They call at Dr. Burtons and find out that the poison has been identified as ricin and, from the entry in Edward Logan's old book, deduce that Miss Logan is the murderer. The pinpricks on her arm are from injections of small amounts of the poison she has been giving herself to build up immunity. As Dennis' next of kin she would inherit once he and Lois were dead. The near-mad Hannah, having previously suspected Miss Logan when she saw her reading the book and smiling to herself, hears this accusation and bursts into Miss Logan's room and attacks her, starting a fire in the process. Tommy stifles the flames but the shock of this event causes Miss Logan to die of a heart attack. Dr. Burton confirms that the cocktail glass also contained traces of Ricin.

CharactersEdit

NotesEdit

For this case the Beresfords adopt the methods of Inspector Gabriel Hanaud, the great detective of the French Surete. Hanaud, who first appeared in a book in 1910, is the creation of Alfred Edward Woodley Mason (1865-1948). Hanaud’s style tends toward straightforward police detection. Tuppence’s role is to be his sidekick. In Mason’s novels the sidekick is Ricardo who is characteristically left in the dark until the last moment as to the solution of a case.

References or AllusionsEdit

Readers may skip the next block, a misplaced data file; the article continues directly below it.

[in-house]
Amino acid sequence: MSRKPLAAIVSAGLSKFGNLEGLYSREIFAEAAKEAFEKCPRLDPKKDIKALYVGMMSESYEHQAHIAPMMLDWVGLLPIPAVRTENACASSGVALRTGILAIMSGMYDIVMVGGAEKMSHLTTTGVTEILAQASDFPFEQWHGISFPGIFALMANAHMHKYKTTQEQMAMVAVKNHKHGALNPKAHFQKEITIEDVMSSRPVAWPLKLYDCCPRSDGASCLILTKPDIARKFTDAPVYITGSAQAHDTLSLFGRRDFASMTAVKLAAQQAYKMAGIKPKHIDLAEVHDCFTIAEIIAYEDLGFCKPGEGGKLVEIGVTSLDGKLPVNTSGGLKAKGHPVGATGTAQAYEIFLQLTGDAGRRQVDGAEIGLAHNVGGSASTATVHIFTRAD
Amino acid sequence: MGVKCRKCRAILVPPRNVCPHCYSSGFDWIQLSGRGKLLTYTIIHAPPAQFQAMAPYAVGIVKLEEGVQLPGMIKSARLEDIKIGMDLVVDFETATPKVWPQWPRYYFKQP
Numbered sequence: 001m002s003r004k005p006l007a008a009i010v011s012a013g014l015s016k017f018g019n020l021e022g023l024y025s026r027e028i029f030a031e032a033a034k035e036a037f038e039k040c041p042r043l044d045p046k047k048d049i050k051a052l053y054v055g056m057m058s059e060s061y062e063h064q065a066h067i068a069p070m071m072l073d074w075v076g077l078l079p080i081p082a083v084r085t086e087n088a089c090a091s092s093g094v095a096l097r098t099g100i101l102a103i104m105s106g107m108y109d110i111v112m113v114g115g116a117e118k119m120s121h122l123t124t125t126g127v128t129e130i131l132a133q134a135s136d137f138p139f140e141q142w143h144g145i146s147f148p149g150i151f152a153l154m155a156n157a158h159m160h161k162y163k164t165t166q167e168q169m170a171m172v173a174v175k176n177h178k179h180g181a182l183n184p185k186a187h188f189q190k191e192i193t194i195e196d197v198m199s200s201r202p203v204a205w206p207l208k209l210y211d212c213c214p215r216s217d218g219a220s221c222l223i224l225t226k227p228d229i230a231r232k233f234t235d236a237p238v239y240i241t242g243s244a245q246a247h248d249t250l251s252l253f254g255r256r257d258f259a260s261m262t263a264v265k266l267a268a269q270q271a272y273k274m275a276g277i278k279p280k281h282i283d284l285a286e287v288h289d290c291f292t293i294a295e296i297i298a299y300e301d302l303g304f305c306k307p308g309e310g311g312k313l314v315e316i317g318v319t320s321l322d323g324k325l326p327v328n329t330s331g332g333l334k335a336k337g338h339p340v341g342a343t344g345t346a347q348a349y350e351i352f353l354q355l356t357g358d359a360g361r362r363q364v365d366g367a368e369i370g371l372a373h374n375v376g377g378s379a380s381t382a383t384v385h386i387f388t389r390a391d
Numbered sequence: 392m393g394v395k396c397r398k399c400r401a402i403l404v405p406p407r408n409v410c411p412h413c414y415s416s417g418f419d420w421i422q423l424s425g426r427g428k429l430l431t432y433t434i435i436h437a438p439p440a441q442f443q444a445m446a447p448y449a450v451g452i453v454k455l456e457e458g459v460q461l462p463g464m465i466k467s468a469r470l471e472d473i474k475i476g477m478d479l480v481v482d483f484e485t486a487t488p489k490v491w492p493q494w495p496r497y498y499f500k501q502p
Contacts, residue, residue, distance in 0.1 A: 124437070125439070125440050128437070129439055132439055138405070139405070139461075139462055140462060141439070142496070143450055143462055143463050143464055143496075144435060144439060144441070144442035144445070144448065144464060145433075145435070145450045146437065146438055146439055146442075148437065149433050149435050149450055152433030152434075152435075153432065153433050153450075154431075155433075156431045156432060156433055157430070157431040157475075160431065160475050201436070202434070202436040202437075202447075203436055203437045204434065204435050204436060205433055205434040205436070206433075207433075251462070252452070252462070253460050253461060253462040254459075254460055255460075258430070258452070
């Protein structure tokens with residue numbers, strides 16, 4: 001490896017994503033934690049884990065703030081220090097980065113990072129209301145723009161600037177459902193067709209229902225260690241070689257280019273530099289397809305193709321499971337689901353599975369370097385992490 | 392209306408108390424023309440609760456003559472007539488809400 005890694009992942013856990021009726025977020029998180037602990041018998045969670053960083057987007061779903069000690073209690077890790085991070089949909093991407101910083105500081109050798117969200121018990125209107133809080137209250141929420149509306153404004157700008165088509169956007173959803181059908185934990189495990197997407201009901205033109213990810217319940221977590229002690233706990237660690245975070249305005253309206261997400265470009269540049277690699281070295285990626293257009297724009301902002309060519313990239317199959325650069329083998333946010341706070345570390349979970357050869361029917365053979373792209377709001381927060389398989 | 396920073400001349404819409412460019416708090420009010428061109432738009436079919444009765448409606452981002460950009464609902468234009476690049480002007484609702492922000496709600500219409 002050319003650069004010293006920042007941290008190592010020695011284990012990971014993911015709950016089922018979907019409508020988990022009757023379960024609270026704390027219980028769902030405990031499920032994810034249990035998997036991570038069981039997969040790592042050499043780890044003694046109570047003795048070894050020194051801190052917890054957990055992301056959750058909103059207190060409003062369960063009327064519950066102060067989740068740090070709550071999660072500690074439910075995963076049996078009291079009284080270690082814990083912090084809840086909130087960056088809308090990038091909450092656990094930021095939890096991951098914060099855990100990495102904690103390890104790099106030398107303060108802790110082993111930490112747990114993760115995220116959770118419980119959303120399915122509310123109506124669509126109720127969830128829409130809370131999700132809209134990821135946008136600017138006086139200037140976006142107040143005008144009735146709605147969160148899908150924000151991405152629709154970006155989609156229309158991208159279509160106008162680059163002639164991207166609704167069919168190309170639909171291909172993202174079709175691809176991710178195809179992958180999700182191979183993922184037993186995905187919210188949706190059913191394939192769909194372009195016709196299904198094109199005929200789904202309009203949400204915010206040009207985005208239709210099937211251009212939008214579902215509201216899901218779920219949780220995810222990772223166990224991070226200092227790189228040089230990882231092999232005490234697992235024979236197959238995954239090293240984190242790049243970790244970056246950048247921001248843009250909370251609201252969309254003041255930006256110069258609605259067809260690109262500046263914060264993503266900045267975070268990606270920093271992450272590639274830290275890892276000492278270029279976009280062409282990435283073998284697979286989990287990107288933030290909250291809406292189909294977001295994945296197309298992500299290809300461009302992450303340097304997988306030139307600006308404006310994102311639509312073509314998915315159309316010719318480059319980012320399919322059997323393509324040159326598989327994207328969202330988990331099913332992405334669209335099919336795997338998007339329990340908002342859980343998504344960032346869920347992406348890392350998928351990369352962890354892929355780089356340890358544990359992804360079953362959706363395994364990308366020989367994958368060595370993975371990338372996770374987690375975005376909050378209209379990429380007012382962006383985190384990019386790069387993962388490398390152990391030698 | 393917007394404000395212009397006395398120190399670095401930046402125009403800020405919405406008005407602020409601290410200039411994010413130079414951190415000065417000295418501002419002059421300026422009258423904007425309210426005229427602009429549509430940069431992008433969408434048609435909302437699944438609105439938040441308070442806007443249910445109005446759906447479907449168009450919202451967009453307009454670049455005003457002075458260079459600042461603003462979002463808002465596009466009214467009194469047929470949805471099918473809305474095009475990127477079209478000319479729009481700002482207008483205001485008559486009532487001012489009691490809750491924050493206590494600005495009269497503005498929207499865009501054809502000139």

References to other worksEdit

  • In The House of Lurking Death, Hannah quotes a series of religious and personal threats. Direct quotes from the Bible and their sources are:
• From Psalm 18: " I will follow upon mine enemies and overtake them, neither will I turn again till I have destroyed them"
• From the Gospel of John, 3:8 " The wind bloweth where it listeth"
• From Psalm 1: " The ungodly shall perish"
• From Psalm 37: " But the wicked shall perish"

"The fire of the Lord shall consume them" is not a direct quote but resembles numerous lines throughout the Bible.

  • Tommy's final line to Tuppence at the end of The House of Lurking Death ("'It is a great advantage to be intelligent and not to look it") is a quote from A. E. W. Mason's story At the Villa Rose (In the Christie story, Tommy assumes the roles of Mason's detective, M. Hanaud).

References to actual history, geography and current scienceEdit

  • In The House of Lurking Death, Lois Hargreaves admits to a habit of doodling a design of three intertwined fish. This design was used on the set of the collected works of Christie begun by William Collins in 1967 (but never completed) and this was approved by Christie in the spring of 1966 in discussions with the publishers. Although stated by some that the doodle was also a habit shared by Christie, it was apparently spotted by her in the bazaars of Baalbek when she visited there in the 1930s. The same design was used in the title sequence of the television series' Agatha Christie's Partners in Crime (see below) and Why Didn't They Ask Evans? (1980).

AdaptationsEdit

This story was published by Collins in the collection Partners in Crime, 1929. It was adapted for radio in 1953, starring Richard Attenborough and Sheila Sim. Both actors appeared in the stage play The Mousetrap at the time.

It also featured in the 1983 TV series Agatha Christie's Partners in Crime, with Francesca Annis and James Warwick.